Professor Harry Mairson selected as this year’s Rieman and Baketel Fellow for Music at the Harvard-Radcliffe Institute

Harry Mairson holds instrument

Computer Science Professor Harry Mairson, with the 1700 Stradivari “Stauffer-ex Cristiani” violoncello (Museo del Violino, Cremona)

Harry Mairson, professor of computer science, has been selected as the Rieman and Baketel Fellow for Music for the 2023-2024 academic year at the Harvard-Radcliffe Institute. The Radcliffe Fellowships are annually awarded to a select group of scholars in the humanities, sciences, social sciences, and arts, as well as writers, journalists, and other distinguished professionals. 

The Radcliffe Institute’s announcement of the awards described the various projects as “the urgent, the beautiful, and the vast: from reckoning with the challenges of climate change to creating digital models of iconic Italian violins to detecting distant galaxies."

The fellowship will allow Mairson to continue his work on building an online library of CT data for the study of classical stringed instruments by Antonio Stradivari and other luminaries of the Italian “Golden Age” of violin making. This effort is intended to improve the “mind’s eye” of the instrument maker and musicologist alike.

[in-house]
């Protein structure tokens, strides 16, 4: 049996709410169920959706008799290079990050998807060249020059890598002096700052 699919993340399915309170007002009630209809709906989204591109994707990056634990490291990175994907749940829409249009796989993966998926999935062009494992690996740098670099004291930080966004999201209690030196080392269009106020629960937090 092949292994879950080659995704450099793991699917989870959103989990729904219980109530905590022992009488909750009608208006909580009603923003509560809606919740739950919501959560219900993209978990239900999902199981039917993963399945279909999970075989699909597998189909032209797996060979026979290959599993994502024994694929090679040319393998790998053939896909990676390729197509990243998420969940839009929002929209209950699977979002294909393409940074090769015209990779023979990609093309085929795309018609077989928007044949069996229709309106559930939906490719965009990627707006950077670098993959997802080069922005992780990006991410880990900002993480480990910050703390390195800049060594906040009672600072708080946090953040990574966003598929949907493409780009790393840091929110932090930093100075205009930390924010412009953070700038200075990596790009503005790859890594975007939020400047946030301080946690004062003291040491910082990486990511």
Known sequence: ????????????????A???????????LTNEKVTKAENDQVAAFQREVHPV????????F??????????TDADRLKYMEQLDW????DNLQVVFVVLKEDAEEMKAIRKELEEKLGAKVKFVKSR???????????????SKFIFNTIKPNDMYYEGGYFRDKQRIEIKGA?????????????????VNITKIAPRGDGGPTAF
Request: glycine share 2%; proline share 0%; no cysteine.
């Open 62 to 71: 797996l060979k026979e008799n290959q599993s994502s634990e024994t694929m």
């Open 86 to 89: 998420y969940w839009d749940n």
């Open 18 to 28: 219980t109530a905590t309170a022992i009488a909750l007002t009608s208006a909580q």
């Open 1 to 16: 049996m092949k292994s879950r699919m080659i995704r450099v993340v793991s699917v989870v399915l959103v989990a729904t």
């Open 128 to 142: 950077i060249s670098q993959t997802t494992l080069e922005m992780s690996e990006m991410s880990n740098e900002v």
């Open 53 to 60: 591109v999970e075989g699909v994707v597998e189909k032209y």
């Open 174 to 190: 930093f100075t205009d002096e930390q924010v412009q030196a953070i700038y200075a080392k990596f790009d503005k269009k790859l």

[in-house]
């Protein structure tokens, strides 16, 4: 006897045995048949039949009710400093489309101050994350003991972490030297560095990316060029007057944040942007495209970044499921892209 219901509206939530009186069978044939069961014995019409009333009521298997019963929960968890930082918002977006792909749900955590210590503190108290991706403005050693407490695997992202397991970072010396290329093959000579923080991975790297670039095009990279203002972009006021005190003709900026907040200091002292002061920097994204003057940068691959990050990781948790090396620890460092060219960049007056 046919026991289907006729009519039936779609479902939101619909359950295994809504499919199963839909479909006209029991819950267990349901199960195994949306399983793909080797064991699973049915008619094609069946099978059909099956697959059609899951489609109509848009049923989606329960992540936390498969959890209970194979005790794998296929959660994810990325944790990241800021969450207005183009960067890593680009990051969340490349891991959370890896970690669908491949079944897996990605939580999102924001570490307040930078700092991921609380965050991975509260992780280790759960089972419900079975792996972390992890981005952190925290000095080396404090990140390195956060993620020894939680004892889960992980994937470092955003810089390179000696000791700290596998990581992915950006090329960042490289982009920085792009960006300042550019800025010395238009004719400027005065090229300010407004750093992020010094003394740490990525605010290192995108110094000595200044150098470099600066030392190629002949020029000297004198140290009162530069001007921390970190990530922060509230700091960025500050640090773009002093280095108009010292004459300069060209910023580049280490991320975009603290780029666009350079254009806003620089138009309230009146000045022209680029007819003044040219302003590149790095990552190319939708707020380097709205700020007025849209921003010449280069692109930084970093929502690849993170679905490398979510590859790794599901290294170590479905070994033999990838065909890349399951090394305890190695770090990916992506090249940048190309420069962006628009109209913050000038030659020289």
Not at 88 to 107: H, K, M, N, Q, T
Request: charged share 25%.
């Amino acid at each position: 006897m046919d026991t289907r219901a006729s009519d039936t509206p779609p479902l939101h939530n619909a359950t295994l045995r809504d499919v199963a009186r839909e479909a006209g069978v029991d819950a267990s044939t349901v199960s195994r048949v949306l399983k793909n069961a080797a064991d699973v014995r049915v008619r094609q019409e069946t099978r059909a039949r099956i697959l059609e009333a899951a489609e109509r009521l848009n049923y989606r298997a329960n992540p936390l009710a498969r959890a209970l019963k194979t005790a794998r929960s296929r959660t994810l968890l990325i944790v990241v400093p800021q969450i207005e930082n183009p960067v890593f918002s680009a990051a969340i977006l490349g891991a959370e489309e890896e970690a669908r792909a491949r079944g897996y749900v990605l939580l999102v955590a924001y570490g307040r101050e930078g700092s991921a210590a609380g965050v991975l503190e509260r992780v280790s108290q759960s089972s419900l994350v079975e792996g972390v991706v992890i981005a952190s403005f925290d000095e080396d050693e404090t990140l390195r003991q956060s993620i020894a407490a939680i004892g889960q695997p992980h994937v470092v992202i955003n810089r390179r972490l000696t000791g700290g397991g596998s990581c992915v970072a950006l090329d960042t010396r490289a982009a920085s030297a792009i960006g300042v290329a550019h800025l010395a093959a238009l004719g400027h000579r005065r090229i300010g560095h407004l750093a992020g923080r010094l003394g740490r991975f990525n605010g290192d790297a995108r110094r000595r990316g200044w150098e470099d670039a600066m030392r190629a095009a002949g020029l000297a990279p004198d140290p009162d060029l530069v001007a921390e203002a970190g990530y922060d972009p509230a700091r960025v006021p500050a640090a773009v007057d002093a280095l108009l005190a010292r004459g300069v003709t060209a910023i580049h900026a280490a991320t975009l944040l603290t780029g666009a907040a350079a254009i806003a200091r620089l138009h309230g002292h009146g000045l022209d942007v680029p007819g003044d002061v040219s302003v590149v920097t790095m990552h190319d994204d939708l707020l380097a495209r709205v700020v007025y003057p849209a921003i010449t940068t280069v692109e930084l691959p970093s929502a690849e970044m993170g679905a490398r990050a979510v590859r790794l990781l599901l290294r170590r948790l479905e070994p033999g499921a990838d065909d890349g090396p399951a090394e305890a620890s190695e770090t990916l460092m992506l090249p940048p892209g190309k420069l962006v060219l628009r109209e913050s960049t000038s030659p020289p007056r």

Mairson’s curatorial and analytical efforts are complemented by his activity as an instrument maker; currently he is completing a violoncello based on the 1700 Stradivari “Stauffer-ex Cristiani” cello in the Museo del Violino in Cremona.  His last violoncello was recently played (by his son Simon, no less) as the soloist instrument in a performance of Max Bruch’s cello concerto “Kol Nidre."

Mairson’s computer science courses focus on the mathematical and logical aspects of computer science, including discrete structures, functional programming and their interpreters and compilers, and the relation of type systems for programming languages to topics in proof theory.

His Radcliffe work on a digital library of iconic stringed instruments will provide high-resolution open access to the geometry and construction of these remarkable, canonical instruments, for examination by musicologists, organologists, and luthiers. It is also intended as an exemplar of non-invasive museum curatorship, protecting valued artifacts while giving full digital access to them.


Return to the BrandeisNOW homepage